During the 2020 legislative session, we saw over 3,600 pieces of legislation introduced between the House of Delegates and the Senate. I personally introduced 22 bills, 4 joint resolutions, and 8 resolutions. I am proud to say that regardless of full Democrat control, 10 of my bills, 3 of my joint resolutions, and 7 of my resolutions passed both houses and were signed by the Governor.
A lot of legislation passed quickly through committee meetings along party lines without careful, cautious deliberation and debate. When it came time for me to vote on legislation that was not good for Virginia, I built consensus and killed everything I could. I amended anything I couldn't kill. And, I spoke out against anything that I couldn't amend or kill.
I was very pleased that several programs that I initiated with previous legislation over the past five years were expanded because of the ongoing strong support for the program. Those include the Perinatal Quality Collaborative, Literacy Lab and school behaviorists.
July 1 is when new laws take effect in Virginia. Here is a breakdown of new laws including my legislation and my concerns for Virginia as we move forward.
SB 1026/HB 1506 | After this bill passed out of the Senate with the support of 38 of 40 senators, this bill was killed for political reasons in a House committee on a party line vote. I was able to amend the house version of the bill HB1506 to reflect my priorities. Never giving up is an important part of legislative success.
SB 185 | This is an expansion on the past work to allow patient access to CBD and THC-A. SB185 will allow nursing homes and assisted living facility staff members to dispense medical cannabis to residents that have a valid certification and registration.
SB 186 | This bill enables children with intellectual or developmental disabilities to access age and developmentally appropriate family life education.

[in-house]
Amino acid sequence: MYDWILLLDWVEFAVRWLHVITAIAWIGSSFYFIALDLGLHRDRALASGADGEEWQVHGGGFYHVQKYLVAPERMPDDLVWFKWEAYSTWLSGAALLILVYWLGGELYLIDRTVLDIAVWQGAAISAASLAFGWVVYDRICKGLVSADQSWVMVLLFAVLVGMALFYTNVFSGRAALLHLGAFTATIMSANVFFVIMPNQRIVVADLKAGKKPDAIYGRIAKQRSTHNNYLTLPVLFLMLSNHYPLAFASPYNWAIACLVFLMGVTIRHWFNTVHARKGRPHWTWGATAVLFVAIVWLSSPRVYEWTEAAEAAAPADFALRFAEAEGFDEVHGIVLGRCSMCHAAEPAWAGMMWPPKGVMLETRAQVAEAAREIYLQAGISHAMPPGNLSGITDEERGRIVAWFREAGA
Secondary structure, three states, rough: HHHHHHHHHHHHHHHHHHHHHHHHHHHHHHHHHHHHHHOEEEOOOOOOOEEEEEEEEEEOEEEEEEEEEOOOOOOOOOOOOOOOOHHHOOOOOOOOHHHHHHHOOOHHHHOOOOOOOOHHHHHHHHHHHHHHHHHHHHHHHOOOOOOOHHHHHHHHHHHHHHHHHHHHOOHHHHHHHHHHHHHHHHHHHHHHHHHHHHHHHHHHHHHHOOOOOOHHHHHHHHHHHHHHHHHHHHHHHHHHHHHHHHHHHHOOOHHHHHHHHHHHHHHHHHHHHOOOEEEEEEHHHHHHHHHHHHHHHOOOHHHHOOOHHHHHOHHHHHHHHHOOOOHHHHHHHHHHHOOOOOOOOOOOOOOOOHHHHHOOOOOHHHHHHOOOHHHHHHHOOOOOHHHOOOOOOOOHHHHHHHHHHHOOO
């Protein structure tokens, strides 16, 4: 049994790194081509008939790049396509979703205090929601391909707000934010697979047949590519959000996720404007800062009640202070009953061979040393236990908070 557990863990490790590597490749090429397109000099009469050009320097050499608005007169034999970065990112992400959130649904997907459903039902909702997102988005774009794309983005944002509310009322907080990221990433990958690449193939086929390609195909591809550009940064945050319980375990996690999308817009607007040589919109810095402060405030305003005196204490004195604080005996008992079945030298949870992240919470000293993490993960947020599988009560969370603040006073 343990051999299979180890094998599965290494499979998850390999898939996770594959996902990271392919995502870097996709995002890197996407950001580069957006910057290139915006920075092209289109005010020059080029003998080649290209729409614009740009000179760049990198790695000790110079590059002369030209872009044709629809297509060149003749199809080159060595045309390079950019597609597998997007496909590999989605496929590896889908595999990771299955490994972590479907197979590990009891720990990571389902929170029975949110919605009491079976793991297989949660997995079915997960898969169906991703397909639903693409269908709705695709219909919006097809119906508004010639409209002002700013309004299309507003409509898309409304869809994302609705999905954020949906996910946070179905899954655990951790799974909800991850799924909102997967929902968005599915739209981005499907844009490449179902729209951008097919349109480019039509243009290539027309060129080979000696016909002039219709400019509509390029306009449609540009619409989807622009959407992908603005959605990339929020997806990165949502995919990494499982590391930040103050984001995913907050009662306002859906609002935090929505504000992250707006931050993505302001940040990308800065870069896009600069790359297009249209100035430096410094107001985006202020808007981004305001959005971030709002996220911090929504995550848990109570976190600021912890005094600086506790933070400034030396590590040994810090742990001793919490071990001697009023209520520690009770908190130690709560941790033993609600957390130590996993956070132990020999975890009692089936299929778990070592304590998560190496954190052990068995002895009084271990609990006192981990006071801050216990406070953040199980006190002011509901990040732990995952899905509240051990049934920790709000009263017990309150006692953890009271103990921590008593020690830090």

SB 365 | SB365 reforms the current credentialing process for health care providers. It’s one simple way we can adapt the system to be more efficient, cut costs and improve access to care.
SB 567 | SB567 extends maternity coverage for individuals in the private sector to 12 weeks. By expanding maternity leave within someone’s disability insurance, we are developing a private sector solution to ensure families and employers thrive.
SB 568 | It chips away at the power of pharmacy benefit managers by prohibiting their practice of spread pricing when contracting with our managed care organizations’ managed care plans. We must continue our work to put profits back into patients’ pockets and lower the cost of prescriptions.
SB 575 | My 2017 legislation created The Emergency Department Care Coordination Program (“EDCCP”) to connect all emergency departments in Virginia, which allowed for better coordinated care for patients that are high utilizers of emergency room care. SB575 simply clarifies that the EDCCP is allowed to access patient specific information from the Prescription Monitoring Program. The original intent of my 2017 legislation was to give ER doctors quick access to prescription data to identify someone who may be at risk or abusing opioids.
SB 585 | SB585 is the result of a Joint Commission on Healthcare study that identified several policy options on Supported Decision Making for individuals with intellectual and developmental disabilities. Later this year, a group of stakeholders will convene to further study supported decision making agreements and how they can be a less restrictive alternative to the appointment of a guardian.
SB 586 | SB586 is a house cleaning bill allowing the Auditor of Public Accounts greater flexibility when posting information to the Commonwealth Data Point Website.
SB 1025 | SB1025 will remove barriers for kin to become foster parents. In 2016, only six percent of children in foster care were placed with relatives which is significantly lower than the national average. One explanation for this is Virginia’s existing training requirements. SB1025 addresses these by allowing greater flexibility with the training and approval requirements of a foster family.
SB 1070 | I was heartbroken to learn that pet owners could not be buried with their cremated pets. SB1070 addresses this by allowing owners to be buried with their cremate pets in designated sections of cemeteries.
Other Areas of Interest
Kept VA a Right to Work State
We fought and succeeded in keeping our Right to Work status in Virginia. This means that our workers will not be forced to join unions - which was something the Democrats proposed this session.